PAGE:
This innovative iOS and Android compatible thermometer fits and rotates within the headphone socket of the smart device. Working alongside the Wishbone app, this popular gadget allows you to track temperature changes via an infrared sensor. It measures skin and liquid temperature easily, accurately and safely, and the environmental temperature modes are currently being developed.

This simple idea has seen the original $20,000 goal exceeded by nearly $70,000 with just over three weeks left to go.

Catherine Grayson is a Marketing Executive at Total Ltd – the communications technology experts who deliver smart solutions to help your business grow and continually evolve.


Growing Apples!

With many of us in the Total office hotly anticipating the release of the Apple Watch this year, we look back to a pre-Beats, pre-pod and pre-internet date and review four developments I have personally found the most interesting during Apple’s nearly-40-year history.

With a reputation for innovation and cutting-edge trend appeal, it’s hard to believe that Apple started off producing hand-built systems in 1976, as ‘Apple Computer’. Both Steve Jobs and Steve Wozniak were, in effect, college dropouts operating in a basement, but these ‘dropouts’ knew what the public wanted and knew how to build a computer. Co-founder and adult supervisor Ronald Wayne was also part of the company at this time.

Clearly their skills were far better utilised in the basement than could ever have been in college during this pre-tech era of opportunity. Their first computer, Apple I (pictured above, in casing), was hand-built by Wozniak, whilst Jobs elected the position of salesman, pitching the unique unit at $666 at the time. Wayne drew up the Apple I manual and also developed the first Apple logo. With potentially more to lose than Jobs and Wozniak, Ronald Wayne left Apple for fear of his assets being seized, selling his share for $800 in 1976.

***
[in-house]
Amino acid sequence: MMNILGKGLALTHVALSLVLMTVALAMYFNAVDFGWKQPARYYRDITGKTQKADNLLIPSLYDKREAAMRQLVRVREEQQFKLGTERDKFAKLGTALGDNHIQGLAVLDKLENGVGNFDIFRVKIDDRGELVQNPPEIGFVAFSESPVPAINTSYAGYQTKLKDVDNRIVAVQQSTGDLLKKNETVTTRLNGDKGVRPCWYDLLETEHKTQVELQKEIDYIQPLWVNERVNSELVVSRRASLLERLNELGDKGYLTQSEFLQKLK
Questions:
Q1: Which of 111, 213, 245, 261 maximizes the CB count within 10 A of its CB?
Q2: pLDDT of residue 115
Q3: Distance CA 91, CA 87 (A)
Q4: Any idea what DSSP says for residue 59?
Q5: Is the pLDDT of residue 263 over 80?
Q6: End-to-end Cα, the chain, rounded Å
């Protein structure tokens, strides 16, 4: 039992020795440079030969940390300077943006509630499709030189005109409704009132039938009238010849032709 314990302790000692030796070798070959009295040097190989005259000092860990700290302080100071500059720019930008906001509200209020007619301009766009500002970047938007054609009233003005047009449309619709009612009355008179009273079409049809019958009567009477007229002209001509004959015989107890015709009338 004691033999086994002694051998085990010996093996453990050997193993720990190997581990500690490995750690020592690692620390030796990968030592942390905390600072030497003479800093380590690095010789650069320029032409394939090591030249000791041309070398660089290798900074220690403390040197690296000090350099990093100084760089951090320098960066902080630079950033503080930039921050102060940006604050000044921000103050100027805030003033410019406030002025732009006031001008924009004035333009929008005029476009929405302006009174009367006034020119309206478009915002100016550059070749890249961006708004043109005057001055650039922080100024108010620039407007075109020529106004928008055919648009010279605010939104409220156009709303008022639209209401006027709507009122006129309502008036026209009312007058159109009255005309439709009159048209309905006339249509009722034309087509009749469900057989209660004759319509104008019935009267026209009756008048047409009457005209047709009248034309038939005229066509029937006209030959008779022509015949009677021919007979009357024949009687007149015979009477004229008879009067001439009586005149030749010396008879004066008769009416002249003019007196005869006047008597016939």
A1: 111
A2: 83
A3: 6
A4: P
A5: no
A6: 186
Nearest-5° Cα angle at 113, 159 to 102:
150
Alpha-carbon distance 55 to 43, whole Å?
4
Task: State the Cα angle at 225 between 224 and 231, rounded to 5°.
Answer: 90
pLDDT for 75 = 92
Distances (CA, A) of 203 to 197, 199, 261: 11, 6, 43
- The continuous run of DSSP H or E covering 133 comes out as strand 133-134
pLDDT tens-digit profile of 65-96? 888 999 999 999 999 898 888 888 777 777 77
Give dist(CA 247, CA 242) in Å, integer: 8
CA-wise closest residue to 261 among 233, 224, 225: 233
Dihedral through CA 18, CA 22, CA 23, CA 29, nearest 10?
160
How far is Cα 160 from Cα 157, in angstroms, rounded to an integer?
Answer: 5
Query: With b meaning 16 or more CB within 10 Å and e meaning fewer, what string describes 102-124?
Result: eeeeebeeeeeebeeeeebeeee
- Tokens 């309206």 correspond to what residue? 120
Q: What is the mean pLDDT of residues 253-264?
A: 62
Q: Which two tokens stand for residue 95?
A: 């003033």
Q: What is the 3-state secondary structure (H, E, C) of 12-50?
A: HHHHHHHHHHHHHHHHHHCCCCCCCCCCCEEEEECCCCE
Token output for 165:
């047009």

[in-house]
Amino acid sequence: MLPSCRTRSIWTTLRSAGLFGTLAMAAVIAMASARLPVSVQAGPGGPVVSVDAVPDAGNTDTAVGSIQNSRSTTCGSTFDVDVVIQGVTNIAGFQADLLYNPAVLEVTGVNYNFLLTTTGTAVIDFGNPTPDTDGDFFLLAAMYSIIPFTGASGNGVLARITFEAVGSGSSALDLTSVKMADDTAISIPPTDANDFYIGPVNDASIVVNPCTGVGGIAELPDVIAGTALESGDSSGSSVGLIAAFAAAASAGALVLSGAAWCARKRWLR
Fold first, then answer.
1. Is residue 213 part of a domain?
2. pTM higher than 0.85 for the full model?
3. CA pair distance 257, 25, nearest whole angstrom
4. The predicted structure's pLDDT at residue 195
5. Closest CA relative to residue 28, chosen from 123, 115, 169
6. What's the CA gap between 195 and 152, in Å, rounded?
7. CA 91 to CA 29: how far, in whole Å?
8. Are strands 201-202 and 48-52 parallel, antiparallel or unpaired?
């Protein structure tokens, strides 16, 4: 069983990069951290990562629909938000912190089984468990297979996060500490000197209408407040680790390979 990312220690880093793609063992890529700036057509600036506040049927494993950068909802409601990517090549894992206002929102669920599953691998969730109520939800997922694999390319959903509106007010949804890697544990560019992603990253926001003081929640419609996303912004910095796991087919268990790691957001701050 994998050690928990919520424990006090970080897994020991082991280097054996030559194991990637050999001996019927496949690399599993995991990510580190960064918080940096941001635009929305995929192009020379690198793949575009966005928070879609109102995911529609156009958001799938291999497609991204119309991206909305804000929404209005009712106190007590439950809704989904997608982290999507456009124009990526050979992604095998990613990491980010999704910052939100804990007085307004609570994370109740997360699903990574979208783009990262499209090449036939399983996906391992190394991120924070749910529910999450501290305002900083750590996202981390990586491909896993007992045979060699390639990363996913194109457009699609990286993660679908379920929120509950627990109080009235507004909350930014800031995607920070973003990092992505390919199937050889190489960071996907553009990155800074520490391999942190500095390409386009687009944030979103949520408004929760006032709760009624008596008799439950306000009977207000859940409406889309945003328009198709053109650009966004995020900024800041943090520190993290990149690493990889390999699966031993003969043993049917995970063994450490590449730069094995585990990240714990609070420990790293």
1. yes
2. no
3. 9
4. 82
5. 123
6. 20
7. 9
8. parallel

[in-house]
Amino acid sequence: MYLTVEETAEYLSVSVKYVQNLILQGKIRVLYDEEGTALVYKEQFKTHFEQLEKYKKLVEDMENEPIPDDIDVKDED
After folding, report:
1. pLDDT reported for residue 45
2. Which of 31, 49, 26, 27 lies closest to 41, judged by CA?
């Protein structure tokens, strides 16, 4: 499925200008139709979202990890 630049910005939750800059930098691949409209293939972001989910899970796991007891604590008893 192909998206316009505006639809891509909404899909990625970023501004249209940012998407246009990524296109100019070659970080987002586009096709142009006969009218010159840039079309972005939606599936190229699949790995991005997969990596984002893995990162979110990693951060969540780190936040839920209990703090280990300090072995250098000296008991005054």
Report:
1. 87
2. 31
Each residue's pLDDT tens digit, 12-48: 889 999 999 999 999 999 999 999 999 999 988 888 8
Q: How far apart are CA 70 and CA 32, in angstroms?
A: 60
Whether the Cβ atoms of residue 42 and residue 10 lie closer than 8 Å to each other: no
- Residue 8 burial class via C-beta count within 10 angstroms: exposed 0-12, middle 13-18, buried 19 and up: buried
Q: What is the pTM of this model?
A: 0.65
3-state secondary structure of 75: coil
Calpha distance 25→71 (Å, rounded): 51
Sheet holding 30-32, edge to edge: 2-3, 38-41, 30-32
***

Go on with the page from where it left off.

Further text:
During the first year, around 175 Apple I systems were sold. A tough pitch considering the unit didn’t come with a case, a power switch and transformer, keyboard or even a video display.

A year later, the Apple II looked more like a computer as we know it. All yours for $1,300 complete with a 16-colour screen, a whopping 48K RAM and a floppy drive. It was ready to use straight out of the box and described as user-friendly. The ‘hobbyist’ could purchase it as board-only, for just under $800. It is easy to see Apple’s trademark design even in this early model with the casing built of plastic – the first of its kind – built to pull apart very easily to enable expansion.

1993 saw Apple branch into portable devices, with the release of the Newton MessagePad100. Perhaps released a little too early for the general public, however rumour dictates that Apple’s Vice President at the time had made a bet with the press that, should the product not be released at MacWorld Boston, he would give up his wine cellar.